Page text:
EY 2017 US Investment Monitor Shows Steady Number of Business Investment Projects Announced in 2016
Friday, February 09, 2018
An increase in the number of smaller investments will increase competition among states to attract mobile capital
WASHINGTON, Dec. 11, 2017 /PRNewswire/ -- US business investment projects accounted for $142 billion in capital investment in 2016, according to the EY 2017 US Investment Monitor (USIM), an annual report prepared by Ernst & Young LLP's Quantitative Economics and Statistics (QUEST) and Indirect Tax practices. Nearly 5,400 business investments were announced in 2016 and are expected to create or retain more than 358,000 jobs in the United States. Compared with last year, this is approximately the same number of project announcements but $23 billion lower in capital investments and 44,000 fewer jobs.
"These small, but numerous projects are important drivers of economic development in most states," said Andrew Phillips, Principal of Ernst & Young LLP. "Companies research and analyze the relative merits of different locations before deciding where to invest, and many factors, including the availability of state and local tax incentives, contribute to investment decisions. Mobile capital investments serve as indicators of a region's or state's long-term economic growth potential and competitiveness."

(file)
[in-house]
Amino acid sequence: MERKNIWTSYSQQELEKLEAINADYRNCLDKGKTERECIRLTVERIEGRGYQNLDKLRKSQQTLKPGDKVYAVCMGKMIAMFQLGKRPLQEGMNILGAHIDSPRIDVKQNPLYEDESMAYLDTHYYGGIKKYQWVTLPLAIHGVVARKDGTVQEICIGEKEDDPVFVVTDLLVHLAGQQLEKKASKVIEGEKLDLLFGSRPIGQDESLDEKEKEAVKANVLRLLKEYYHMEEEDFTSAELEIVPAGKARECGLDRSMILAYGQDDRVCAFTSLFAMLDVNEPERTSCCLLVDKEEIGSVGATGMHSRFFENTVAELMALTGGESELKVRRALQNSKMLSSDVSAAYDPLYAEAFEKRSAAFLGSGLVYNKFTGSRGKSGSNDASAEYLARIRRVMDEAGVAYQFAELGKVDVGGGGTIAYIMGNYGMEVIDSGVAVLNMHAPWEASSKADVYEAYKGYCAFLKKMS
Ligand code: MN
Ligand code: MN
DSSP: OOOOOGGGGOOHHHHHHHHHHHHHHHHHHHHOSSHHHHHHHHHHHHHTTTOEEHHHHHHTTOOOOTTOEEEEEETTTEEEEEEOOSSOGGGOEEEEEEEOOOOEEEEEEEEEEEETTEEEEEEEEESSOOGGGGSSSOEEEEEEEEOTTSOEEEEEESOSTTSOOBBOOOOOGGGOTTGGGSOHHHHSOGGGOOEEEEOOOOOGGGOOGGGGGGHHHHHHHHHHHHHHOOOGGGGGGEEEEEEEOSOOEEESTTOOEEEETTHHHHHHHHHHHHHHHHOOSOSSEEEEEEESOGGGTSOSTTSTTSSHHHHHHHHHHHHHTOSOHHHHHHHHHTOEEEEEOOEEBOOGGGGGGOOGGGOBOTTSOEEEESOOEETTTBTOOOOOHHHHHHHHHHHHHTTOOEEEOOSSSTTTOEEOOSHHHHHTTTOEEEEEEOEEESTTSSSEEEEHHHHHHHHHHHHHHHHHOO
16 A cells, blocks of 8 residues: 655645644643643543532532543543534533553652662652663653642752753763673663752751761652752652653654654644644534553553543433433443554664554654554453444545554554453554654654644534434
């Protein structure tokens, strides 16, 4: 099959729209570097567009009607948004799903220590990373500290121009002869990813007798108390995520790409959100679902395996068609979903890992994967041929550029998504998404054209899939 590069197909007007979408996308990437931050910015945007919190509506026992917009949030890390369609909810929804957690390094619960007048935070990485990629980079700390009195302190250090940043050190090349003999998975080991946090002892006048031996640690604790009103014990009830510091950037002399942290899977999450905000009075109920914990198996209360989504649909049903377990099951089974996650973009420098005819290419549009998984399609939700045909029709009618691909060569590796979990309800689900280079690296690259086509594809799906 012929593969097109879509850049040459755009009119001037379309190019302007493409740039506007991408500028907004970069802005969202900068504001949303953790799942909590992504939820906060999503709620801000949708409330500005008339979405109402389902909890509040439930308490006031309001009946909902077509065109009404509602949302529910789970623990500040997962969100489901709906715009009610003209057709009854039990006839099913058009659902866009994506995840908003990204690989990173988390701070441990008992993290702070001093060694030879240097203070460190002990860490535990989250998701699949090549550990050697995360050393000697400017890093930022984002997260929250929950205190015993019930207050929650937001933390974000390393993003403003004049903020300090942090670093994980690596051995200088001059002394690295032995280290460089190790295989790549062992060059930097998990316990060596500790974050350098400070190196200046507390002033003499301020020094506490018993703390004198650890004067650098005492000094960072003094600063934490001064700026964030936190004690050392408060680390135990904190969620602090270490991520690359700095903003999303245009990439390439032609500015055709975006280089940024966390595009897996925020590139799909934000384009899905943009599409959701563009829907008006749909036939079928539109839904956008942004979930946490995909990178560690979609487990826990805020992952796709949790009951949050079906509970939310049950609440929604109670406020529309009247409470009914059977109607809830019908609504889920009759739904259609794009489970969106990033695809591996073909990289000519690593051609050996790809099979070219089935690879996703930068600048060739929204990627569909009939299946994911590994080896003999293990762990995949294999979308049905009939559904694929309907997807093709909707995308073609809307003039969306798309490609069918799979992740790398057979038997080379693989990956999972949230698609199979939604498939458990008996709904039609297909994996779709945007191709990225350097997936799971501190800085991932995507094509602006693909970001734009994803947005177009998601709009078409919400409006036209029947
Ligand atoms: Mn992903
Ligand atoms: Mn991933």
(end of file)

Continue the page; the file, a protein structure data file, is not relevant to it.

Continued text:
Data from the announced projects analyzed in the 2017 USIM points to longer-term trends shaping economic development both regionally and across industries. The USIM is a leading indicator showing where new investment spending and jobs can be expected over the next several years. The report focuses on US and foreign companies' mobile capital investments, which are not tied to specific markets or geographies. Mobile capital investments include headquarters facilities, data and call centers, manufacturing facilities, distribution centers, and research facilities, which have a wide range of location options. Companies continue to pursue locations with high supply chain potential, low input costs, strong business incentives, growing industry clusters, and advantageous state and local tax systems.